Choosing an Amphibian

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Amphibians – frogs, toads, salamanders, and caecilians – were the first vertebrates to leave the water for a terrestrial existence. During the Devonian Era, some 360 million years ago, they arose from a fish-like ancestor that developed lungs and moved about on muscular fins. They form the evolutionary link between fish, reptiles and birds.

Amphibians are divided into the salamanders, all of which have tails, some 400 species; frogs and toads, which are tailless, some 400 species; and the Caecilians, which have tails but no legs, 155 species, only one of which, the “rubber eel” appears in the pet trade.

Bound by their porous skin to moist habitats, salamanders reach their greatest numbers and diversity in temperate habitats. Frogs, which exist worldwide, are most common in the tropics. The wood frog, however, reaches the Arctic Circle and some frogs have adapted even to living in the world’s driest deserts. The caecilians are pan-tropic in distribution.


Amphibians range in size from a Brazilian frog that, at 1½ inches long, is the world’s smallest four-legged animal to the 145-pound Chinese giant salamander, the largest amphibian, which approaches 6 feet in length.


What most distinguishes amphibians is the fact that they begin their lives in the water and then metamorphose into land creatures that lay their eggs in the water. When the eggs hatch, the larvae live aquatic lives as they grow, sometimes for as much as a year, before they become terrestrial adults. The most familiar amphibian larvae is the tadpole, which swims about in ponds until it grows legs, loses its tail and matures into a frog. All amphibians go through this same process and larvae hatched in aquariums can be observed through their metamorphosis.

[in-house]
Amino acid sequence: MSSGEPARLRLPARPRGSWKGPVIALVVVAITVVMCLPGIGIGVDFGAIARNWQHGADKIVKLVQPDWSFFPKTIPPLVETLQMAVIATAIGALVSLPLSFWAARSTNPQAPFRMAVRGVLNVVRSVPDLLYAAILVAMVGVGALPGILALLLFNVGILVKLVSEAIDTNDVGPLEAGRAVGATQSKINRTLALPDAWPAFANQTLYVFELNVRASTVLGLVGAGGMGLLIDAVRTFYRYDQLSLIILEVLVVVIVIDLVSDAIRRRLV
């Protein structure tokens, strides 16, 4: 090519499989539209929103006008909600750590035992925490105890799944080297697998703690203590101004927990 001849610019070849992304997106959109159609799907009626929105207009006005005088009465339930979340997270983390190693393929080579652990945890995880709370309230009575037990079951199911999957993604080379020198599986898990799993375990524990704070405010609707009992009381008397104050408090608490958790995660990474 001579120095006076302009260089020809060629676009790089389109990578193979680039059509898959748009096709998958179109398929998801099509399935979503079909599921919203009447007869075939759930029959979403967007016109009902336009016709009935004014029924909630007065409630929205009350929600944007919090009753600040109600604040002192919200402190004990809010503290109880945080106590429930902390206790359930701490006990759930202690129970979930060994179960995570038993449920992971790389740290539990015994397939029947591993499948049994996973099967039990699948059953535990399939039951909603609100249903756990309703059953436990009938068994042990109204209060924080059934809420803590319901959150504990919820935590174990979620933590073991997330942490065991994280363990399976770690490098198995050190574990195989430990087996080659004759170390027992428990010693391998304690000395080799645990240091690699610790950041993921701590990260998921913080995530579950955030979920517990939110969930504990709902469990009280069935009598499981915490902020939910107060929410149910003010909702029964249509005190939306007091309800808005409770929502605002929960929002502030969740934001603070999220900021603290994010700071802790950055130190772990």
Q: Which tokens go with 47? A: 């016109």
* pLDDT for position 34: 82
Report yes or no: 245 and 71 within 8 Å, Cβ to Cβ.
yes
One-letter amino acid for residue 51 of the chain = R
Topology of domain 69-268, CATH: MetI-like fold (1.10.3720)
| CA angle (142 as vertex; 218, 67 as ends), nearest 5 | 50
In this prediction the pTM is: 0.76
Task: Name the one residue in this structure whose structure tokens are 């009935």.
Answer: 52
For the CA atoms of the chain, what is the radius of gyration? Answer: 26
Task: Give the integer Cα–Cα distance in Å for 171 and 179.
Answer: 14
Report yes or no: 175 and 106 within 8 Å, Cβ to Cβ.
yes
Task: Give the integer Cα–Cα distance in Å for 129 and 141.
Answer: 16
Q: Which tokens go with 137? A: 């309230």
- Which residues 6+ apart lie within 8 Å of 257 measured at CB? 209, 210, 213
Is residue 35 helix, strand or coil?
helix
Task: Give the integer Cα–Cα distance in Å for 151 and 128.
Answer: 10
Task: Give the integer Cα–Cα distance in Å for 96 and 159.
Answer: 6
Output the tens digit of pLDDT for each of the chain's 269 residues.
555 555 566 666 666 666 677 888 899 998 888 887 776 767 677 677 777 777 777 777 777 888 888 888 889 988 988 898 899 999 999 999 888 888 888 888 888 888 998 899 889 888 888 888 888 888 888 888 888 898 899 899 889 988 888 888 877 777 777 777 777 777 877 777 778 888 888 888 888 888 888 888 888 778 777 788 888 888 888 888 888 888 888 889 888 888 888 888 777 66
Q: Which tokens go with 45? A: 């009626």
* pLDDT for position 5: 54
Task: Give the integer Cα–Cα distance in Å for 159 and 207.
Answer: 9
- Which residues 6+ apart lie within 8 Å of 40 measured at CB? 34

Amphibians are ectothermic, which means that once they’re out on land their body temperature is dependent upon the temperature outside. Since most amphibians can live in cooler temperatures than most reptiles, providing heat sources for basking is not usually necessary.

Water is necessary and is absorbed by the amphibian’s skin. The skin is also used (in some amphibians exclusively) for respiration. The amphibians have eyes that provide for good depth perception and color vision. Hearing is important for vocal frogs, as anyone who’s heard the intensity of their croaking can attest. Salamanders have a keen sense of smell, using it and their quick and agile movements to find and capture prey. Their teeth are often reduced, food is swallowed whole, and the long, and sometimes sticky, tongue may be projected out to catch prey


While the aquatic larvae feed, like fish, on small crustaceans, adult amphibians eat a wide variety of foods, which makes them easy to feed in captivity. Frogs and toads feed mostly on insects, although large species will eat small birds and mammals. Salamanders also feed on insects but will eat small worms and insect larvae. Aquatic species will eat fish.